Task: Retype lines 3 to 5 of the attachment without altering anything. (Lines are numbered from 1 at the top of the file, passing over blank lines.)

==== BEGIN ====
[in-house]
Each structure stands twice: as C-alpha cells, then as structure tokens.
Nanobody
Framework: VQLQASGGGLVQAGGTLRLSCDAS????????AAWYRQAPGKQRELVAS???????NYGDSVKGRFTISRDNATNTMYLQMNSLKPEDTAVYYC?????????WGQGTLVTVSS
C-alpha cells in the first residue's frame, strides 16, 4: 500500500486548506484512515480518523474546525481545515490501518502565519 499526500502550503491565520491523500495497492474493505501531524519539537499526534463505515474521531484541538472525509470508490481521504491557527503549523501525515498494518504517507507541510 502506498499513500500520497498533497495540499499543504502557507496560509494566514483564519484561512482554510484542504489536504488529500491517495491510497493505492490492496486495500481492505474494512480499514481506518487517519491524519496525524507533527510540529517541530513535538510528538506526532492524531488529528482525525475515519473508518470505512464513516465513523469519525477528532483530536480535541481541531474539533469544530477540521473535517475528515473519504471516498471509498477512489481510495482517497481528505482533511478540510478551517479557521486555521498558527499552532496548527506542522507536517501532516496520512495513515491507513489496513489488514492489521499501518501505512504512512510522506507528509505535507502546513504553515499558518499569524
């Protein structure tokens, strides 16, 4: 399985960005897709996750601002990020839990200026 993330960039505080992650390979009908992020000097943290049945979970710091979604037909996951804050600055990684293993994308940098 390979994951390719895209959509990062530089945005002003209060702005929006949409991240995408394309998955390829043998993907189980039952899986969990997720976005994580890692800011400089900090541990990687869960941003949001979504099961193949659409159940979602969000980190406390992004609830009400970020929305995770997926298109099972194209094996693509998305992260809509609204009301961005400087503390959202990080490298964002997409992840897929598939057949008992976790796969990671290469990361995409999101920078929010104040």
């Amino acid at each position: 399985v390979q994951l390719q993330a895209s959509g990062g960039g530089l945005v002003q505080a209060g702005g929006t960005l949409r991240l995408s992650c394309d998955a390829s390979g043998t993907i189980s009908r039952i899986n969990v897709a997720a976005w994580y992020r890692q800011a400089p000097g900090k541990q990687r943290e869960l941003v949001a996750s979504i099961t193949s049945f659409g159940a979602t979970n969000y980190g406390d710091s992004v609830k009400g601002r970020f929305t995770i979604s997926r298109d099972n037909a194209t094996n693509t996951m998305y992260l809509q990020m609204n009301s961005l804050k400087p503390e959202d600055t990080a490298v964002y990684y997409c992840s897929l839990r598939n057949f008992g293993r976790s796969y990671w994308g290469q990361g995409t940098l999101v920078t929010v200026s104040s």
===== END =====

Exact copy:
Nanobody
Framework: VQLQASGGGLVQAGGTLRLSCDAS????????AAWYRQAPGKQRELVAS???????NYGDSVKGRFTISRDNATNTMYLQMNSLKPEDTAVYYC?????????WGQGTLVTVSS
C-alpha cells in the first residue's frame, strides 16, 4: 500500500486548506484512515480518523474546525481545515490501518502565519 499526500502550503491565520491523500495497492474493505501531524519539537499526534463505515474521531484541538472525509470508490481521504491557527503549523501525515498494518504517507507541510 502506498499513500500520497498533497495540499499543504502557507496560509494566514483564519484561512482554510484542504489536504488529500491517495491510497493505492490492496486495500481492505474494512480499514481506518487517519491524519496525524507533527510540529517541530513535538510528538506526532492524531488529528482525525475515519473508518470505512464513516465513523469519525477528532483530536480535541481541531474539533469544530477540521473535517475528515473519504471516498471509498477512489481510495482517497481528505482533511478540510478551517479557521486555521498558527499552532496548527506542522507536517501532516496520512495513515491507513489496513489488514492489521499501518501505512504512512510522506507528509505535507502546513504553515499558518499569524